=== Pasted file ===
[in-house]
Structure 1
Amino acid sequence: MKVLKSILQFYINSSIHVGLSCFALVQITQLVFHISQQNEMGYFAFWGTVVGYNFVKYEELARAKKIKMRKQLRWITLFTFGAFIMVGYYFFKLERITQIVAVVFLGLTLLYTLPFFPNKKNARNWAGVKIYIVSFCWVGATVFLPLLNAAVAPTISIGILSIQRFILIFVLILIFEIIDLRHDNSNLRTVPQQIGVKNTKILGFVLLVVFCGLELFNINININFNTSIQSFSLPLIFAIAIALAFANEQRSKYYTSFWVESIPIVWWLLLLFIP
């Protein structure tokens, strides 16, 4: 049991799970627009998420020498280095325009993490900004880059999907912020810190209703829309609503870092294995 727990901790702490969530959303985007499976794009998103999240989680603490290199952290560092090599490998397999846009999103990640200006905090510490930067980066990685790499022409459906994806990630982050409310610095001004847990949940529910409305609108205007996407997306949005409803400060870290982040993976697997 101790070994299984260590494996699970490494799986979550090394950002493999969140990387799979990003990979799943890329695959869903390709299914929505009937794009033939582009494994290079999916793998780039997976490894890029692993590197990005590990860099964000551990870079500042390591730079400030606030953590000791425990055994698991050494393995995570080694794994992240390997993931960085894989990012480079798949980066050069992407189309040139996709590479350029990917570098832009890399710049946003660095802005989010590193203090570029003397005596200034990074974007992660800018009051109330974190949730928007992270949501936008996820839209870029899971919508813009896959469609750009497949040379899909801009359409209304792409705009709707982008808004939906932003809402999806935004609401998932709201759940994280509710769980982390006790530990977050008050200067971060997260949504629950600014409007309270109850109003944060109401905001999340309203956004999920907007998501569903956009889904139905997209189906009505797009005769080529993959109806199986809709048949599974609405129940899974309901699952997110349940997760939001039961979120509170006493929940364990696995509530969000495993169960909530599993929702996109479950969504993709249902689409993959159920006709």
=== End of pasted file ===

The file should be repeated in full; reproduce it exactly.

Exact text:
[in-house]
Structure 1
Amino acid sequence: MKVLKSILQFYINSSIHVGLSCFALVQITQLVFHISQQNEMGYFAFWGTVVGYNFVKYEELARAKKIKMRKQLRWITLFTFGAFIMVGYYFFKLERITQIVAVVFLGLTLLYTLPFFPNKKNARNWAGVKIYIVSFCWVGATVFLPLLNAAVAPTISIGILSIQRFILIFVLILIFEIIDLRHDNSNLRTVPQQIGVKNTKILGFVLLVVFCGLELFNINININFNTSIQSFSLPLIFAIAIALAFANEQRSKYYTSFWVESIPIVWWLLLLFIP
């Protein structure tokens, strides 16, 4: 049991799970627009998420020498280095325009993490900004880059999907912020810190209703829309609503870092294995 727990901790702490969530959303985007499976794009998103999240989680603490290199952290560092090599490998397999846009999103990640200006905090510490930067980066990685790499022409459906994806990630982050409310610095001004847990949940529910409305609108205007996407997306949005409803400060870290982040993976697997 101790070994299984260590494996699970490494799986979550090394950002493999969140990387799979990003990979799943890329695959869903390709299914929505009937794009033939582009494994290079999916793998780039997976490894890029692993590197990005590990860099964000551990870079500042390591730079400030606030953590000791425990055994698991050494393995995570080694794994992240390997993931960085894989990012480079798949980066050069992407189309040139996709590479350029990917570098832009890399710049946003660095802005989010590193203090570029003397005596200034990074974007992660800018009051109330974190949730928007992270949501936008996820839209870029899971919508813009896959469609750009497949040379899909801009359409209304792409705009709707982008808004939906932003809402999806935004609401998932709201759940994280509710769980982390006790530990977050008050200067971060997260949504629950600014409007309270109850109003944060109401905001999340309203956004999920907007998501569903956009889904139905997209189906009505797009005769080529993959109806199986809709048949599974609405129940899974309901699952997110349940997760939001039961979120509170006493929940364990696995509530969000495993169960909530599993929702996109479950969504993709249902689409993959159920006709």